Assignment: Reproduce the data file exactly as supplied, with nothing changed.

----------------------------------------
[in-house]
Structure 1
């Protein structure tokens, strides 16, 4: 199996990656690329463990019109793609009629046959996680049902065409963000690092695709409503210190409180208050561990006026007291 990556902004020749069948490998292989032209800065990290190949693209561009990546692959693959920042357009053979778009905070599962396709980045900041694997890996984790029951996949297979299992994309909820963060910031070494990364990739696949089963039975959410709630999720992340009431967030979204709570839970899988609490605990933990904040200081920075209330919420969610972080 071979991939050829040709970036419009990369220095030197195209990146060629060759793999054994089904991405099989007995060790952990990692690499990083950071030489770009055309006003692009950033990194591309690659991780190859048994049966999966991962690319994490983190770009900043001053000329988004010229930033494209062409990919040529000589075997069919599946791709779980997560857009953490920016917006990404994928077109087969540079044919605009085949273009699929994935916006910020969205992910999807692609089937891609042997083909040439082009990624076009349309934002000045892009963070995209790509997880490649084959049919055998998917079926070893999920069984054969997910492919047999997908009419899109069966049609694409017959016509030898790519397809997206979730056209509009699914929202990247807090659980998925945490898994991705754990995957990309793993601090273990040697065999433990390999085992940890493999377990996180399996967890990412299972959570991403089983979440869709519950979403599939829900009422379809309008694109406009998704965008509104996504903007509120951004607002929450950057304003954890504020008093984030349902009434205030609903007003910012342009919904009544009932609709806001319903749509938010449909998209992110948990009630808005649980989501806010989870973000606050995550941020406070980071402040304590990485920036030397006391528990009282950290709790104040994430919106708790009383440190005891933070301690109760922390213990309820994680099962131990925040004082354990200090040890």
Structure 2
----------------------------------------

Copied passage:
[in-house]
Structure 1
């Protein structure tokens, strides 16, 4: 199996990656690329463990019109793609009629046959996680049902065409963000690092695709409503210190409180208050561990006026007291 990556902004020749069948490998292989032209800065990290190949693209561009990546692959693959920042357009053979778009905070599962396709980045900041694997890996984790029951996949297979299992994309909820963060910031070494990364990739696949089963039975959410709630999720992340009431967030979204709570839970899988609490605990933990904040200081920075209330919420969610972080 071979991939050829040709970036419009990369220095030197195209990146060629060759793999054994089904991405099989007995060790952990990692690499990083950071030489770009055309006003692009950033990194591309690659991780190859048994049966999966991962690319994490983190770009900043001053000329988004010229930033494209062409990919040529000589075997069919599946791709779980997560857009953490920016917006990404994928077109087969540079044919605009085949273009699929994935916006910020969205992910999807692609089937891609042997083909040439082009990624076009349309934002000045892009963070995209790509997880490649084959049919055998998917079926070893999920069984054969997910492919047999997908009419899109069966049609694409017959016509030898790519397809997206979730056209509009699914929202990247807090659980998925945490898994991705754990995957990309793993601090273990040697065999433990390999085992940890493999377990996180399996967890990412299972959570991403089983979440869709519950979403599939829900009422379809309008694109406009998704965008509104996504903007509120951004607002929450950057304003954890504020008093984030349902009434205030609903007003910012342009919904009544009932609709806001319903749509938010449909998209992110948990009630808005649980989501806010989870973000606050995550941020406070980071402040304590990485920036030397006391528990009282950290709790104040994430919106708790009383440190005891933070301690109760922390213990309820994680099962131990925040004082354990200090040890």
Structure 2